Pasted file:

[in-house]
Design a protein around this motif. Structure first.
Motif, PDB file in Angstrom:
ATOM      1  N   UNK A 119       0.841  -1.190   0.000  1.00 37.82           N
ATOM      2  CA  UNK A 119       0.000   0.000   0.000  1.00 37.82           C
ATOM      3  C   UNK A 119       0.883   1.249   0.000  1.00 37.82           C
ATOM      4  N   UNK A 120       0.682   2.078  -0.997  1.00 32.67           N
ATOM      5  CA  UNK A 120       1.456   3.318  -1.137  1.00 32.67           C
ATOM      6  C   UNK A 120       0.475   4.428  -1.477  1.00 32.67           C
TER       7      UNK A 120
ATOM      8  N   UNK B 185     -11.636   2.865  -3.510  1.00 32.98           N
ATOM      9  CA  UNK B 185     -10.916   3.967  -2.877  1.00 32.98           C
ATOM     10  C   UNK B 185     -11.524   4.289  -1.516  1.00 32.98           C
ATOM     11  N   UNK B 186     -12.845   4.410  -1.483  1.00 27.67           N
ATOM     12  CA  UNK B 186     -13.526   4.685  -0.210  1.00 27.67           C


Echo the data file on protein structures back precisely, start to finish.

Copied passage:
[in-house]
Design a protein around this motif. Structure first.
Motif, PDB file in Angstrom:
ATOM      1  N   UNK A 119       0.841  -1.190   0.000  1.00 37.82           N
ATOM      2  CA  UNK A 119       0.000   0.000   0.000  1.00 37.82           C
ATOM      3  C   UNK A 119       0.883   1.249   0.000  1.00 37.82           C
ATOM      4  N   UNK A 120       0.682   2.078  -0.997  1.00 32.67           N
ATOM      5  CA  UNK A 120       1.456   3.318  -1.137  1.00 32.67           C
ATOM      6  C   UNK A 120       0.475   4.428  -1.477  1.00 32.67           C
TER       7      UNK A 120
ATOM      8  N   UNK B 185     -11.636   2.865  -3.510  1.00 32.98           N
ATOM      9  CA  UNK B 185     -10.916   3.967  -2.877  1.00 32.98           C
ATOM     10  C   UNK B 185     -11.524   4.289  -1.516  1.00 32.98           C
ATOM     11  N   UNK B 186     -12.845   4.410  -1.483  1.00 27.67           N
ATOM     12  CA  UNK B 186     -13.526   4.685  -0.210  1.00 27.67           C